The year 2020 has been terrible for both residential and commercial property owners in New York City. The pandemic drove a mass exodus of renters out of the city to suburbs, and the laying off of employees has left the renters in debt. According to a survey conducted by New York City, apartment tenants are more than $1 billion in debt from missed rent payments during the coronavirus pandemic. The ongoing pandemic has shut down several businesses, and the unemployment rate has led the renters to miss out on their monthly rental payments.

The debt figure is the most recent indicator that unemployment benefits and federal stimulus packages have so far been inadequate to alleviate the growing financial burden of missed rent payments across thousands of city households. Both landlord and tenant advocacy groups have lobbied heavily for more government rental assistance during the pandemic.According to a new survey from the Community Housing Improvement Program, tenants in rent-stabilized apartments are more than $1 billion behind on rent. The figure represents about 185,000 households that owe more than two months’ rent — an average of $6,000.

According to the executive director of CHIP, if we consider the entire situation of the New York’s apartment rentals and the $1 million market rate, the tenants are carrying a debt of more than $2 billion. “It’s not an insurmountable amount,” Martin told the Journal. “The numbers tell us that, probably, if we could get an additional $1 billion or $2 billion in the city, we could probably pay off every single renter’s arrears in the entire city of New York over the last year of the crisis.”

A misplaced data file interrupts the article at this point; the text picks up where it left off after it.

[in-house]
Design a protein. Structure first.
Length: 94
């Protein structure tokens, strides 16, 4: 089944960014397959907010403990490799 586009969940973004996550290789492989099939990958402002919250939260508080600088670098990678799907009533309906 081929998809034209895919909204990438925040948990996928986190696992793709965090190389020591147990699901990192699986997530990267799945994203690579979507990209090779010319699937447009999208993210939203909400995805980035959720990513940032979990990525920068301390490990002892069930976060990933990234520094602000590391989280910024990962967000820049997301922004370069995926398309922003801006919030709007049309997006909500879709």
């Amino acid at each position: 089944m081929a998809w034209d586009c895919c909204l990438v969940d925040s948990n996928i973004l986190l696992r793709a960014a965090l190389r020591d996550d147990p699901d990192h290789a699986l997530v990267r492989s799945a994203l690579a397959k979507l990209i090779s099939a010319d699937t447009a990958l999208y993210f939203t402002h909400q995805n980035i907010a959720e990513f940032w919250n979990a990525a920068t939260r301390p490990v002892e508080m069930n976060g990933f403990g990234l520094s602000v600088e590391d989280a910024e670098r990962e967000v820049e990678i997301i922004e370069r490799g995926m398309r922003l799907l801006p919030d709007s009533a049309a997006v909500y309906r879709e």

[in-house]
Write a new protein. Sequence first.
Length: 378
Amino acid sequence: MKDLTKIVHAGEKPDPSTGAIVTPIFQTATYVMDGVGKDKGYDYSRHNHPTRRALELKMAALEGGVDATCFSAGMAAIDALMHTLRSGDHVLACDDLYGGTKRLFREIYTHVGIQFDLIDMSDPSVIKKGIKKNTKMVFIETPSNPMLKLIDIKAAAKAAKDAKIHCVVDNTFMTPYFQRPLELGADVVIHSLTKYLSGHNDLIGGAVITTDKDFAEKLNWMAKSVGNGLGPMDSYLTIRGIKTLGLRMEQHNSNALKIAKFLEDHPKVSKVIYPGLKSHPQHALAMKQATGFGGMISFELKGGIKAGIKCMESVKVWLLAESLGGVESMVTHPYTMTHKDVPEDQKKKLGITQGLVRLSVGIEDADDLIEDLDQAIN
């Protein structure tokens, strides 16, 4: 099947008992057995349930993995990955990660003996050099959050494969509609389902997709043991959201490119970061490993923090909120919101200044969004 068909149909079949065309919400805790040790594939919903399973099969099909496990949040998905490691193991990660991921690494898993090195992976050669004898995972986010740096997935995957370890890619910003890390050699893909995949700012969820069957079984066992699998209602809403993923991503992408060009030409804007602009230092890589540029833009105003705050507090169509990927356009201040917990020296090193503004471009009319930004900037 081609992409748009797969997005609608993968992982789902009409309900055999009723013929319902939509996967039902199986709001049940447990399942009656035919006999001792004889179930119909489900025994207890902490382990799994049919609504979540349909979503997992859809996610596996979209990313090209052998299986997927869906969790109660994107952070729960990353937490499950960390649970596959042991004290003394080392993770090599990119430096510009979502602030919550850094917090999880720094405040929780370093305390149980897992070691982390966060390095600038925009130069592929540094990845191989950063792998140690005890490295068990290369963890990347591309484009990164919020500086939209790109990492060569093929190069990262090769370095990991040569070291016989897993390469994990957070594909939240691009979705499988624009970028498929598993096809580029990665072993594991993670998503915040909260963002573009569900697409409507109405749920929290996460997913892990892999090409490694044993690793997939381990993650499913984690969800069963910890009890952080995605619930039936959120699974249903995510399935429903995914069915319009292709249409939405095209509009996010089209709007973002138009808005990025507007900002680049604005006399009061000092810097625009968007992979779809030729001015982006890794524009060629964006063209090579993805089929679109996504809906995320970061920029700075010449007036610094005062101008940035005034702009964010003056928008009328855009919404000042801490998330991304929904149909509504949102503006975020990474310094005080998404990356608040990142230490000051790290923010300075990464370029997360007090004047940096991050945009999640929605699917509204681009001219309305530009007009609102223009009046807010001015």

Moreover, Washington and Albany have come to New York’s aid and provided some help with the debt. The recent federal relief package includes $1.3 billion in rental assistance for the entire state, and the incoming Biden administration is bringing hopes for everyone as they’d probably bring another beneficial stimulus package for the economy. However, Landlords are also prohibited from evicting tenants until May under the state’s eviction moratorium. But it seems like the state’s eviction moratorium is only benefitting the renters as all of them are in a crucial state. Therefore, advocates for both landlords and tenants are calling out to people for more financial support.

The COVID-19 has taken the world by storm and has brought about many changes in the world. The world requires financial support as more people keep lining for jobs. We hope the year 2021 will rebound and clear the stabilize the entire financial situation.

 

 

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